New Wells Fargo CEO Pushes For Less Regulation In Wake Of Giant Fraud Scandal

Robert Donachie | Capitol Hill and Health Care Reporter

The new CEO of Wells Fargo, Tim Sloan, urged President-elect Donald Trump to consider making regulatory changes at an industry conference Tuesday morning.

Wells Fargo got slapped with a $185 million fine from the Consumer Financial Protection Bureau (CFPB) in September for issuing 565,000 lines of credit and opening 1.5 million bank accounts for customers without their consent. Bank employees even went so far as to fake email addresses for their customers to sign them up for banking services in order to pad numbers. Some 14,000 of those credit accounts accrued over $400,000 in fees. (RELATED: CFPB Slapped Wells Fargo With $185 Million Dollar Fine)

Wells Fargo management responded by firing 5,300 employees who they blamed for the scandal, but these surface changes were not enough for customers or lawmakers.

Former Wells Fargo CEO John Stumpf faced a congressional investigation and a grilling from Senate leadership. Following the hearings, the board ordered Stumpf to cough up $41 million in assets and earnings he accrued from his decades-long tenure at the bank. The board also cut some mid-level management.

Still unsatisfied, Stumpf announced Oct. 12 he was stepping down as chairman and CEO.

Trump should focus on “one or two” specific regulatory changes, Sloan (Stumpf’s replacement) told those present at the conference Tuesday. Sloan also expressed concern with the Federal Reserve’s review of how much money a bank can give to shareholders via dividend payments. His fears may be fueled by the fact that the bank is still under federal investigation.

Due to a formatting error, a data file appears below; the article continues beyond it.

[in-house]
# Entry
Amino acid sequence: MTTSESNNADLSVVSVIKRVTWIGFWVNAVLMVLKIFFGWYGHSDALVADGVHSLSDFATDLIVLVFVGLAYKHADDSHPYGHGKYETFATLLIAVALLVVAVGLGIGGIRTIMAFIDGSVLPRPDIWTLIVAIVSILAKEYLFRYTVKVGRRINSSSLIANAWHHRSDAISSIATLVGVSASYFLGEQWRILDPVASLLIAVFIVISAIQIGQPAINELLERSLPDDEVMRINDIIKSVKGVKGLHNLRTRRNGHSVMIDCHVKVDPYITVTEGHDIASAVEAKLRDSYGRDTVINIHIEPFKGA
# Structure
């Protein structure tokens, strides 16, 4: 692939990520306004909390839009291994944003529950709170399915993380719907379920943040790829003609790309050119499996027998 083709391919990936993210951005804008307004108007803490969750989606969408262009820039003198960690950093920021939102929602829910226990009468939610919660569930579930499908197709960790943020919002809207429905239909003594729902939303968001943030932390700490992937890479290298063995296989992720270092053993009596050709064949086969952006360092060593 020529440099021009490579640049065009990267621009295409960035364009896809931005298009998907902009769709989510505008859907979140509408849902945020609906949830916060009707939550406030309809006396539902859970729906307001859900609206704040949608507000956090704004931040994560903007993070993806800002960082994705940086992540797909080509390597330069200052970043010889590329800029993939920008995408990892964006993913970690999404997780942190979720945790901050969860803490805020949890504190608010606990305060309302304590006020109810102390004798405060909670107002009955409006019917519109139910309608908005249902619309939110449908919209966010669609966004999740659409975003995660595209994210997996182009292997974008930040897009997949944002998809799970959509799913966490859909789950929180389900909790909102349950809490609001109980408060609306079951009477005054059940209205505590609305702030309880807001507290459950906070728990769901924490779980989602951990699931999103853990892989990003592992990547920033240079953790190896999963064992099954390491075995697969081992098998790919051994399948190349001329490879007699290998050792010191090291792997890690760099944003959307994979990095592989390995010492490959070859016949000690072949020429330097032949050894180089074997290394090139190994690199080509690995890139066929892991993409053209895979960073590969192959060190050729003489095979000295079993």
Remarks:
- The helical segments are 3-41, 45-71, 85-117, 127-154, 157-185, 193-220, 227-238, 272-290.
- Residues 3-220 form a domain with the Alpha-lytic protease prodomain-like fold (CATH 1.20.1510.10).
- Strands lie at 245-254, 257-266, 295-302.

Sloan is also critical of the Volker Rule, a regulation within Dodd-Frank restricting banks from betting or leveraging heavily with their own funds–a common practice among banking institutions before the 2007 financial crisis. “We were not big fans of proprietary trading at Wells Fargo, and never really did it,” Sloan told the audience.

Dodd-Frank already costs job-creators more than $36 billion, in conjunction with 74 million hours of compliance paperwork annually.

Trump’s transition team promises to “dismantle” the 2,300 page Dodd-Frank Wall Street Reform And Consumer Protection Act.

Either way, Sloan’s comments will assuredly raise some eyebrows, since he expressed his interest in rolling back regulations in the wake of one of the largest banking scandals in recent memory.

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